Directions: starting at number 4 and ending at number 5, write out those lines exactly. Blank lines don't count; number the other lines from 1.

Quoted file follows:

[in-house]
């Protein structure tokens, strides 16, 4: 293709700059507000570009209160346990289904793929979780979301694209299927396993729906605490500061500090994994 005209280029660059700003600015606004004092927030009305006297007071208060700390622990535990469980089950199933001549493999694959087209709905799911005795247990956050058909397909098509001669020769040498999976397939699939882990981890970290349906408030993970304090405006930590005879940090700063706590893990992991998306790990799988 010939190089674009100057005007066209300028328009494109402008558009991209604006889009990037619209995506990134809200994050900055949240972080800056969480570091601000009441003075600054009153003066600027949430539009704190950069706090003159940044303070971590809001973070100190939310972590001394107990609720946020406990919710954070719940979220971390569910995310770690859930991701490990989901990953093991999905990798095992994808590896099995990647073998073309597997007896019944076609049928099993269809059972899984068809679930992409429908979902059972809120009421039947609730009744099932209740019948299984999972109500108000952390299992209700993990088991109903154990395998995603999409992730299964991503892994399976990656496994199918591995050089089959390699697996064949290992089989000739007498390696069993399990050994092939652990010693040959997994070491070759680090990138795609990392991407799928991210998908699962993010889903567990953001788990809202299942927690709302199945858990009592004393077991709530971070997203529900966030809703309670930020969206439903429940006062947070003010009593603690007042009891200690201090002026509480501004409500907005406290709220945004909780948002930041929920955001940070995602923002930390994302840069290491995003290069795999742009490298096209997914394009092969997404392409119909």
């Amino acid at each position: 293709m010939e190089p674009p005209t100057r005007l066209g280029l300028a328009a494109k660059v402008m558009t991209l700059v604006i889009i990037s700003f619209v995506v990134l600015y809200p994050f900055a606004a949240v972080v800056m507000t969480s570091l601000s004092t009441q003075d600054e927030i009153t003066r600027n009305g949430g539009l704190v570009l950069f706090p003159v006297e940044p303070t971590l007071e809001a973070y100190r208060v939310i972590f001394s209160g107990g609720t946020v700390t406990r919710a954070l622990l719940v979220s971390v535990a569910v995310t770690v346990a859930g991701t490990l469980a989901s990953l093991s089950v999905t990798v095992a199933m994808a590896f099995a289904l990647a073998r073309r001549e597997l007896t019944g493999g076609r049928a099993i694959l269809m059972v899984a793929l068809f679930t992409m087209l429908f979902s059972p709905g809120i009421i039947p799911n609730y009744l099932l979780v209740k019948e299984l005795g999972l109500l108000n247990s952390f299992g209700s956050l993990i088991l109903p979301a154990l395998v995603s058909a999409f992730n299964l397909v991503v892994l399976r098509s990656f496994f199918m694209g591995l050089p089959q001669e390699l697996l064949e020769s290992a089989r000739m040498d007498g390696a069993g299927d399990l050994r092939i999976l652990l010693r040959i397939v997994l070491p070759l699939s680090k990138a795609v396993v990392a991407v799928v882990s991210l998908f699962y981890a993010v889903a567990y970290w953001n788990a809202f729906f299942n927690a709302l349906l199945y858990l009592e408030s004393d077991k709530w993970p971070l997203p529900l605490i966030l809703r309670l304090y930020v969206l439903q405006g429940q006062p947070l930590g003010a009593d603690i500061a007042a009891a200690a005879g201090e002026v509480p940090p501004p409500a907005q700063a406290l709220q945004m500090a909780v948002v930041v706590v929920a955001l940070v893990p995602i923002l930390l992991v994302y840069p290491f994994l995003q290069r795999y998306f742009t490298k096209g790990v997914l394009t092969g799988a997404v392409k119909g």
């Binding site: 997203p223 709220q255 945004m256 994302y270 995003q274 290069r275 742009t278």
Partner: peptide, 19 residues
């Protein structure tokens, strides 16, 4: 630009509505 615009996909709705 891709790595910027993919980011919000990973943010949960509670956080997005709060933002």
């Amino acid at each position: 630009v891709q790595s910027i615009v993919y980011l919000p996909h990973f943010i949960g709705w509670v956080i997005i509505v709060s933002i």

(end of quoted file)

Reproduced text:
């Binding site: 997203p223 709220q255 945004m256 994302y270 995003q274 290069r275 742009t278």
Partner: peptide, 19 residues